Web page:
Right-wingers and the Environment

We conventionally equate right-wingers with “conservatives” (and, in the U.S., with Republicans). But if nothing else does, the right’s approach to the environment proves the equivalency false. Or, at the least, it proves that in politics we badly misuse the term “conservative.”

A good example is here in Pennsylvania. The governor-elect, Republican Tom Corbett, included in his platform opposition to an extraction tax on shale gas, the deep-drilling of which is currently rampaging across the state.

After his election Nov. 2, he announced the likelihood he’d overturn outgoing Democratic Gov. Ed Rendell’s recent moratorium on new drilling on state lands, including parkland.

Some background on shale gas. It is deposits of natural gas in a layer of porous shale rock that underlies most of the state (and parts of New York, Ohio and West Virginia) a mile or more deep. The gas is extracted by a process called hydrofracturing. “Fracking” involves shooting a mix of water, chemicals and sand at high pressure into this rock layer, releasing the gas.

Theg fracking fluid is toxic, and millions of gallons might be used on a single well. (The bore holes are drilled horizontally, and it is typical to drill several from a single well platform.)

Some of the water remains underground. Some is drawn back up, now contaminated with salts, arsenic and other toxins it picked up underground, and it requires careful disposal to prevent poisoning of surface and groundwater.

The Pennsylvania shale is called Marcellus, but there are shale-gas deposits throughout the U.S., especially in Texas, where it is called the Barnett Shale, and in the Rocky Mountain states.

Most everywhere it’s drilled there have been instances of fouled water and air, including sick people and poisoned livestock. (See the documentary Gasland: www.gaslandthemovie.com/.) There have also been accounts of drillers illegally disposing of the poisonous frack water untreated into streams. (The withdrawal of huge quantities of freshwater is another issue.)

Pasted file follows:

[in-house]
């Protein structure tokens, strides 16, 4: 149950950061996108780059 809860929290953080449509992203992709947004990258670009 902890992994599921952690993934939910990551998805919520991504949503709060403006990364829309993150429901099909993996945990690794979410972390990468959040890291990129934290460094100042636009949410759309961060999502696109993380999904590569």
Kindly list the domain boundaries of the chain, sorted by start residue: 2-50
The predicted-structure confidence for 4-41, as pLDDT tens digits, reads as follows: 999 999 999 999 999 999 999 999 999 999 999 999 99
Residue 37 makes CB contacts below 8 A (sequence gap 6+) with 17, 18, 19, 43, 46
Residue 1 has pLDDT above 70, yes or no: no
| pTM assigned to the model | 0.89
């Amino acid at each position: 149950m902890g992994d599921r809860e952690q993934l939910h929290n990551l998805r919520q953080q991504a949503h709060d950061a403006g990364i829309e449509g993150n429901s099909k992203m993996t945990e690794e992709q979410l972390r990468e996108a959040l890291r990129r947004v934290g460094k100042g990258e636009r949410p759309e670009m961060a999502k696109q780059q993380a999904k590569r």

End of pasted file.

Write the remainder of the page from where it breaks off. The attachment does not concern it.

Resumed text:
Needless to say, the shale gas field is enormously lucrative. (Corbett’s campaign received massive love-injections of cash from the drilling industry, far exceeding those of his Democratic rival, who favors an extraction tax.)

Every state where it is drilled has an extraction tax, save one: Pennsylvania. A proposal to institute one failed this year with a Democratic governor, and is unlikely to pass with a Republican who’s opposed.

Many think we shouldn’t be drilling for shale gas at all. New York state has a moratorium on shale-gas drilling, largely because of concerns about how it might affect the water supply.

But absent a similar moratorium, it seems the least you could do is impose a tax, if only to use the revenue to police this exploitative, unavoidably toxic business and keep the damage to the earth (and hence to humans) to a minimum.

Likewise with a moratorium on drilling on state lands, including some of the state’s most ecologically sensitive places.

All wealth, and all human well-being, derives ultimately from nature. A sick planet cannot support healthy people. This is one of the most fundamental truths, and one any true conservative ought to recognize.

This isn’t a brief for Democrats, or even liberals; while Dems have better records on the environment, most of them too worship at the church of the ecological destruction they call economic growth, and are green only by comparison to Republicans.

The point is, right-wingers like Corbett are not conservatives. They’re industry toadies. Put another way, they’re pro-business radicals, and you can count on most moves they make to be bad for nature.

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One Response to Right-wingers and the Environment

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